When the water temperature is 90 degrees and the mere thought of moving makes you sweat, it’s not usually time to talk about catching crappie. But right now, the hot water and hot weather has led to some — yes — you know it’s coming — hot crappie fishing on the Ouachita River.
Patrick Matthews of Junction City and Tim Elrod of West Monroe fish the river almost every day this time of year and they’ve been surprised at the big crappie bite going on right now, even though it isn’t exactly crappie fishing weather.
“Anywhere you can find a lake, bayou or slough off the river, it’s probably got crappie in it right now, “Matthews says. “It’s amazing, but they are as healthy and active as I’ve ever seen them this time of the year. But they aren’t where you’d expect them to be. They are in really shallow water. We have been catching our fish in a little lake off the river that isn’t over four feet deep in the deepest part. But it’s loaded with shad and the fish are in there just as thick.”
American Crappie Trail
Matthews and Elrod were among 160 anglers that fished in the American Crappie Trail tournament on the river Sept. 13-14 and they finished seventh with 14 fish weighing 21.51 pounds. The winning team caught 14 fish weighing 25 pounds. Almost every team caught a limit each day and reported catching dozens of fish.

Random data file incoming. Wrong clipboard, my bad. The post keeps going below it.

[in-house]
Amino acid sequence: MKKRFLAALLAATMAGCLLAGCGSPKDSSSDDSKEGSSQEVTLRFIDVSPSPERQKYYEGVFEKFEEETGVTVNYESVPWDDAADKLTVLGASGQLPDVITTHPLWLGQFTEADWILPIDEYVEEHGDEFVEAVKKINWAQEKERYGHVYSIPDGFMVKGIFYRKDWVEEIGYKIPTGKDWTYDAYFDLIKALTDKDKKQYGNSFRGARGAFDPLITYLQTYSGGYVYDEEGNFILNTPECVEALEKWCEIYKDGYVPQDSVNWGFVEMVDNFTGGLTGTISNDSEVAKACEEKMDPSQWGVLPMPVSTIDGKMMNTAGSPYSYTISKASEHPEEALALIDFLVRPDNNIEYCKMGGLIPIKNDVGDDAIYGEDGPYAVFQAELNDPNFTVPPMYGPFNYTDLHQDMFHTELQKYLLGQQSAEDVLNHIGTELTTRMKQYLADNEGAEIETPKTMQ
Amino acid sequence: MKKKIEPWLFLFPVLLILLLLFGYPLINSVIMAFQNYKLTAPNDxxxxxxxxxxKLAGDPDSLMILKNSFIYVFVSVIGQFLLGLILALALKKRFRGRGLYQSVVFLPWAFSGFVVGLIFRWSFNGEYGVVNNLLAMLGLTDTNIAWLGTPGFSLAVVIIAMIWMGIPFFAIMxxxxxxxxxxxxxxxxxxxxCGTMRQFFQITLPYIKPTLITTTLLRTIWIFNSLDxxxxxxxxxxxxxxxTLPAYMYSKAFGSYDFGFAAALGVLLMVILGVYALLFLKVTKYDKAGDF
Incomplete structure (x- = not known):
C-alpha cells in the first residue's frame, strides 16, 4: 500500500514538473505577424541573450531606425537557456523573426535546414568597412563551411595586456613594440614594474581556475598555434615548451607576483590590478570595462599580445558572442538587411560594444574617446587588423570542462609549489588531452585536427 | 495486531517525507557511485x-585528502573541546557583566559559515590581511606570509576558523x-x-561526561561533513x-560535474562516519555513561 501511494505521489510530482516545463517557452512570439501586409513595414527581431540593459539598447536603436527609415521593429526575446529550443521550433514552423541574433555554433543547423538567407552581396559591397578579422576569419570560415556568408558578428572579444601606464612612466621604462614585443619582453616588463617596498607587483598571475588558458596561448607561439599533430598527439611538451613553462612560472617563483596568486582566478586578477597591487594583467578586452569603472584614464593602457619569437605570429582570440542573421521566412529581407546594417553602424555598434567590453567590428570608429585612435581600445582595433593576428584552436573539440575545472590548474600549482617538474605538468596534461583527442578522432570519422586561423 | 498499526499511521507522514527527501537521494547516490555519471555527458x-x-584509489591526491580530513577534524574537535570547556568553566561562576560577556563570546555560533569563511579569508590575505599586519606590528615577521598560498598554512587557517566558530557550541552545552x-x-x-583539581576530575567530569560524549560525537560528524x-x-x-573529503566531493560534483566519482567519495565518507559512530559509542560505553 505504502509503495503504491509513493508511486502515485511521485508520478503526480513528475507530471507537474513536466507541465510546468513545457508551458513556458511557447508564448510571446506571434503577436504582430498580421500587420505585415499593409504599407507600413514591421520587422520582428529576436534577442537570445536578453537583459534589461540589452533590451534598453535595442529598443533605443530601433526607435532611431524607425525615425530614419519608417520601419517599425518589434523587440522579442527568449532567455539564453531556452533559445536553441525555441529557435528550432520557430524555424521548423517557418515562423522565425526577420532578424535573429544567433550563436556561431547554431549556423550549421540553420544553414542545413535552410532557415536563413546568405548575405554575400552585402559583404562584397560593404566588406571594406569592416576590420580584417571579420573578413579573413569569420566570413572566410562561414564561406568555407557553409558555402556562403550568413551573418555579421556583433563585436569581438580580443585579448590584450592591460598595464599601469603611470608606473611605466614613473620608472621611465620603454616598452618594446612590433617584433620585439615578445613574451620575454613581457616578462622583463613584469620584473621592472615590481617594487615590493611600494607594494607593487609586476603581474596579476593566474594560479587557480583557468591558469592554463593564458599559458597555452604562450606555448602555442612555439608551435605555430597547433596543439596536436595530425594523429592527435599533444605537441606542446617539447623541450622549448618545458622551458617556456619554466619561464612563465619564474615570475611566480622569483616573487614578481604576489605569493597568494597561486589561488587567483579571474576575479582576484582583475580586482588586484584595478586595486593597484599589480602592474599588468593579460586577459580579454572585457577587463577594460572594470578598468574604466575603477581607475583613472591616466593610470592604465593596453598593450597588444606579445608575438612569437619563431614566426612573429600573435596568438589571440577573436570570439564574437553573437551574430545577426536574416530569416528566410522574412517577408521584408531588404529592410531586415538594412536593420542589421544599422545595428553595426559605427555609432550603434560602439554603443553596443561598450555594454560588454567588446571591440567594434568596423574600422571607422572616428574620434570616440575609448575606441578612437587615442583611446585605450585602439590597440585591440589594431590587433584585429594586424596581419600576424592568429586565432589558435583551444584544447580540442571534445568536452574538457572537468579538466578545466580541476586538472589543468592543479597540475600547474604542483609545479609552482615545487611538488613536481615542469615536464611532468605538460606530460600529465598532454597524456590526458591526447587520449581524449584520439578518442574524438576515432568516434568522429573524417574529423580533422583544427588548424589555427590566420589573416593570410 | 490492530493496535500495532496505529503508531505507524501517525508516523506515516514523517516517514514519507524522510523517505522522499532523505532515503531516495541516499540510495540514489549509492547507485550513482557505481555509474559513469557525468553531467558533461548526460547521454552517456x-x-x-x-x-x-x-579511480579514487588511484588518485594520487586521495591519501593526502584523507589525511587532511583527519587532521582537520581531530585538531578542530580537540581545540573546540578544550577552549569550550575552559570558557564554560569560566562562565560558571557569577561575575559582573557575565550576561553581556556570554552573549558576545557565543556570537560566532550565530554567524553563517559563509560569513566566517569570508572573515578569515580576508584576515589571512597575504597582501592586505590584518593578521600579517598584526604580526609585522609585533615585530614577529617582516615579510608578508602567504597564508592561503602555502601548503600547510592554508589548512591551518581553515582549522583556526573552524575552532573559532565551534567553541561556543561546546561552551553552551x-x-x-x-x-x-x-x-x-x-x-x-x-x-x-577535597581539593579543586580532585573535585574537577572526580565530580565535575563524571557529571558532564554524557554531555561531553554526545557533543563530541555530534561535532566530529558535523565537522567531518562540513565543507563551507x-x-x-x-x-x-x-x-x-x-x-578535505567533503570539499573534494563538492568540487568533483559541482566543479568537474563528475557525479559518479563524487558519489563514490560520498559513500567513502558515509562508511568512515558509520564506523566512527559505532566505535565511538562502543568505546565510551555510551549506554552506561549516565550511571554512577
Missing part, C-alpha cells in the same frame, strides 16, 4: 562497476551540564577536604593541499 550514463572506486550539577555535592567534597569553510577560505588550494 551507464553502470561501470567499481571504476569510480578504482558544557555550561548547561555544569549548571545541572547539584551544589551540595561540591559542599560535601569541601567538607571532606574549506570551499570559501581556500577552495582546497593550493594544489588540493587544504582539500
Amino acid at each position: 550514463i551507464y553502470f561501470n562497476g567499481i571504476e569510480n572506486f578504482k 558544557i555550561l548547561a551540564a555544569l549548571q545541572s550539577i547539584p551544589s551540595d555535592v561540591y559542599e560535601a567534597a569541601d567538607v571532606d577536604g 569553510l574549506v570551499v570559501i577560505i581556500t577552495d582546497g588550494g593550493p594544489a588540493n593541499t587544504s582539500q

But tournaments isn’t what most people are interested in. They just want to catch fish for fun and supper.
“It’s a good time to do it right now if you can stand the heat,” Matthews says. “The Ouachita River is a long river with dozens and dozens of bayous, lakes and runouts. There are crappie in most of them, but they aren’t everywhere. You have to spend some time looking, but when you find them, they are biting. A sure sign there are fish there is that if you see shad flipping or flitting across the surface. That kind of action usually means there are crappie there, too.”
Matthews has a couple of hints to narrow your search down. First, if you can find an area with a little water running in or running out, it seems to be holding more fish. Fish are concentrated, so you may go a long way without a bite, but when you get one, there are usually more. And they are shallow, most of them suspended two or three feet deep. Since crappie feed up, it’s important to keep the lure above the fish, which means sometimes you aren’t fishing but a foot to 18 inches deep.
“I know that sounds strange, but that’s where they are,” he says. “I think that’s where the best oxygen is and so that’s where the baitfish are. And where the bait is, that’s where the crappie will be.”
What to use
There are also a lot of gar in the river right now and Matthews says sometimes it’s hard to keep a shiner on your hook. He and Elrod have found that if you spider rig and troll a little faster than normal, the crappie will catch up with the bait but not as many gar will. Other than shiners, Matthews recommends fishing a small jig head with a Mr. Crappie joker. The brighter the color the better, he says.
If you’ve never fished the river, he recommends getting on Google Maps and studying the river lakes and sloughs. Pick out a couple and fish them. Try to find some with a little deeper water in them, but don’t go deep for the fish. They’re just not there.
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